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Unpacking why SA could lose R23.4bn of US exports

Oct 01 2015 10:51
Rene Vollgraaff and Tshepiso Mokhema

Johannesburg - South Africa is fighting to retain duty-free access for exports to the US worth as much as R23.4bn a year in a dispute that pits farmers in the two nations against each other.

The US is reviewing South Africa’s status as a full beneficiary of a preferential trade pact known as the African Growth and Opportunity Act (Agoa), which eliminates import levies on more than 7 000 products ranging from textiles to manufactured items. Agoa was renewed in June for another 10 years, benefiting 39 African nations.

At the heart of the dispute are American chicken and cattle farmers who want the South African government to remove trade restrictions imposed to protect the local industry from a flood of cheaper imports. While Trade and Industry Minister Rob Davies said on September 29 that South Africa had done all it can to retain access to Agoa, the US government says there are still major unresolved issues.

“South Africa needs to take concrete steps towards eliminating barriers to US trade and investment, a key criterion to be eligible for Agoa trade benefits,” Trevor Kincaid, a spokesperson for the office of the US Trade Representative in Washington, said in an emailed response to questions on Wednesday. “Ultimately, South Africa’s Agoa eligibility is in South Africa’s hands.”

No sooner had the two countries reached an agreement over American chicken imports to South Africa in June, a new dispute emerged relating to import restrictions following an outbreak of avian flu in the US. Veterinary experts from the two nations met last month to discuss health concerns around the shipment of chicken, beef and pork to South Africa.

The risk of South Africa losing its Agoa benefit is not “based so much on the realistic assessment of the value of the South Africa market, it’s more about politics in America,” Christopher Wood, a researcher in the economic diplomacy department at the South African Institute of International Affairs, said by phone from Johannesburg. “The chicken caucus within the US Congress is particularly strong.”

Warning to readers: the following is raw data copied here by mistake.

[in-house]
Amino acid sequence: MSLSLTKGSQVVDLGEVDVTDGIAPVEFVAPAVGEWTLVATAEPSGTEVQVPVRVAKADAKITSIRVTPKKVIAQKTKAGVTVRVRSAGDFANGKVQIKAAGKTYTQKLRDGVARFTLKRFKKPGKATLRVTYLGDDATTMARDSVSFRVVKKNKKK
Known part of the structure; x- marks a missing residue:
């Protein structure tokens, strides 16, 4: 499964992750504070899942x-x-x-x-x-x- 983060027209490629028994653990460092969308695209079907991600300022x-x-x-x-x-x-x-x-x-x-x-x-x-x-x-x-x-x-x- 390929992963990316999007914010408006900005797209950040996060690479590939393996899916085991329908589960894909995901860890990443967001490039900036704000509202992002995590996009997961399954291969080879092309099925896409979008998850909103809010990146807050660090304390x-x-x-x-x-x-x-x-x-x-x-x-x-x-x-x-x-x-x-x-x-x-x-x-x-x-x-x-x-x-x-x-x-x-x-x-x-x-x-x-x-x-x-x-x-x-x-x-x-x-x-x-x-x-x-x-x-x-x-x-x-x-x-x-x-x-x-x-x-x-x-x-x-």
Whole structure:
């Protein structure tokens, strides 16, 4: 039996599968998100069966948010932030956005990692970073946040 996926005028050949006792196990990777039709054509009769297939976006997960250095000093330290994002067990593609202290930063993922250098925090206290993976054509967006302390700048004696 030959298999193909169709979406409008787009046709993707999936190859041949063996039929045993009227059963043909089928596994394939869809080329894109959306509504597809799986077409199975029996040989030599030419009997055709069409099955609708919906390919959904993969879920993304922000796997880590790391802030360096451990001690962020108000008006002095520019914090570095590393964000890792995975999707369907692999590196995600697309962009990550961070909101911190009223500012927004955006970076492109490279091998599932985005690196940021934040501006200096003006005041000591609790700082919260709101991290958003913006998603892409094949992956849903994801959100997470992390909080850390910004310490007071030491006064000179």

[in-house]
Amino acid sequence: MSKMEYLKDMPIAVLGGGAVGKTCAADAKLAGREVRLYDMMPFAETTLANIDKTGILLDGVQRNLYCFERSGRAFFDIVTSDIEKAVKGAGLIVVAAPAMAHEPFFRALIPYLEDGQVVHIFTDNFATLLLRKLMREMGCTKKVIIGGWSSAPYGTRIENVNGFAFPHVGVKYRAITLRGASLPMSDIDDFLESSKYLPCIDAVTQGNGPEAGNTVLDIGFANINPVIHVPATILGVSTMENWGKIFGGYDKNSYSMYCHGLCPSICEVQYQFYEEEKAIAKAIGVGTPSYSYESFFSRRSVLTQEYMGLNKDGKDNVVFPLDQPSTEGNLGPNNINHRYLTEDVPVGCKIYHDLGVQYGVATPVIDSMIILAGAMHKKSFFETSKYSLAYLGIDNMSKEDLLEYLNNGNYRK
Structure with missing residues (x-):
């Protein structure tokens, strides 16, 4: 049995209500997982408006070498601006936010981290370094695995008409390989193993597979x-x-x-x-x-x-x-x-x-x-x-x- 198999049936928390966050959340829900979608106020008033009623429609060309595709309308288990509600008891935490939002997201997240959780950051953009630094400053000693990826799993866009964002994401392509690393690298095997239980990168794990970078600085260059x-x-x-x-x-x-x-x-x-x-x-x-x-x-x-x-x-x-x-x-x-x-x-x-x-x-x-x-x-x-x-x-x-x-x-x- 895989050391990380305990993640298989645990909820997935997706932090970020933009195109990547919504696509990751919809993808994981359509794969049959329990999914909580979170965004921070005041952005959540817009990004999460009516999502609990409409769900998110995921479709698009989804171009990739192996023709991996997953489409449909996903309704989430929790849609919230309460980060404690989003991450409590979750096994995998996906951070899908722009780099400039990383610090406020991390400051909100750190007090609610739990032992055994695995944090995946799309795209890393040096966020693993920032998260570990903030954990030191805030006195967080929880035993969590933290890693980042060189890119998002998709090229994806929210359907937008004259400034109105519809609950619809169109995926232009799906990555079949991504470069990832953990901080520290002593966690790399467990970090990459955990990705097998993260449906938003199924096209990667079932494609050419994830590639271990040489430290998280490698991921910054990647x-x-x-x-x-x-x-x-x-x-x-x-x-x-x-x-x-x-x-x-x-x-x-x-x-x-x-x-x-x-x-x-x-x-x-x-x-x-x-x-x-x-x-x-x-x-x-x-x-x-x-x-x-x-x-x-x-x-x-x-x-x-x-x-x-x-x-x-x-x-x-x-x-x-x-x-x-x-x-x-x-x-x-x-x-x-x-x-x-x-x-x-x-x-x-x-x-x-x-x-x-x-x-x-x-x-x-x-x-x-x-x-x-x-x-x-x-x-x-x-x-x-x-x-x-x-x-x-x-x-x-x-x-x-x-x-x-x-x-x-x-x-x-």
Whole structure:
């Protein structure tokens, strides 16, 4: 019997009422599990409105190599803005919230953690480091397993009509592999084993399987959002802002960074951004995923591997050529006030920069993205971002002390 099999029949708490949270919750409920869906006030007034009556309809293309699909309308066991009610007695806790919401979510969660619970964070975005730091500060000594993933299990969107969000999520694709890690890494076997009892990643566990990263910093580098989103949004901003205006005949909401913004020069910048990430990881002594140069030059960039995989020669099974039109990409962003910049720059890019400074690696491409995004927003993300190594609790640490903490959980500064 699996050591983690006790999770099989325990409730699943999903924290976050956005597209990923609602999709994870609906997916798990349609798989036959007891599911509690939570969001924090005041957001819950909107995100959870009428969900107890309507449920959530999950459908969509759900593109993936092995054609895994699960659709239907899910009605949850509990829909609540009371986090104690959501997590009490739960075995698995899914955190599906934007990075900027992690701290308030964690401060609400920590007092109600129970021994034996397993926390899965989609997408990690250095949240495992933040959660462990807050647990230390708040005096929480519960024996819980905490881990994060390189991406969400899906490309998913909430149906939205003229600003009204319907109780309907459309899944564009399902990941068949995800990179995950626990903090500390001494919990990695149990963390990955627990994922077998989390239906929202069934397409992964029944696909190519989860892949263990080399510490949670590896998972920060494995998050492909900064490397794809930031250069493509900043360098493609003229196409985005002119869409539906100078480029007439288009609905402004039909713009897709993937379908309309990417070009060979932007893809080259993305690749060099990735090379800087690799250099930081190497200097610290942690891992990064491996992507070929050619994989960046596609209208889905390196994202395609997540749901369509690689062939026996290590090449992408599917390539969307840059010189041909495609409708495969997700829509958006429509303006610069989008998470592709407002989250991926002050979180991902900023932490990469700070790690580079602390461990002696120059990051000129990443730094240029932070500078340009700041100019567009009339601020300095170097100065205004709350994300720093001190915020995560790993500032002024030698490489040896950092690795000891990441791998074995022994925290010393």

South African Poultry Association CEO Kevin Lovell said he expects the US government and farming industry to “adopt a more equitable and reasonable approach”.

The US embassy in Pretoria said on September 16 that eliminating barriers on American poultry and beef exports will address concerns raised by the industry.

Agoa has enabled South Africa to more than double its exports to the US since 2000, with vehicles and agriculture products benefiting the most. Shipments under Agoa accounted for more than a fifth of the nation’s exports to the US last year, according to data compiled by the Tralac Trade Law Centre, based in Stellenbosch, near Cape Town.

Eliminating barriers

To remain a beneficiary of Agoa, African countries are required to, among other things, eliminate barriers to US trade and investment, operate a market-based economy, protect workers’ rights and implement economic policies to reduce poverty.

South Africa is accused of restricting US businesses with plans to cap foreign ownership of private-security companies at 49%. If the law is passed, ADT, based in Boca Raton, Florida, will be required to relinquish control of its South African unit.

African nations that no longer qualify as beneficiaries under Agoa include the Democratic Republic of Congo, Gambia and South Sudan. Swaziland lost its access in January because of an alleged lack of protection of workers’ rights, while Zimbabwe and Sudan aren’t eligible.

“South Africa is the key player under Agoa and neither side would want to see South Africa graduated out of the programme - the economic and political fallout would be big,” Eckart Naumann, an independent economist and associate at the Trade Law Centre, said in an emailed response to questions.

“There is a decent chance that South Africa may just scrape through.”

agoa  |  trade  |  exports  |  economy
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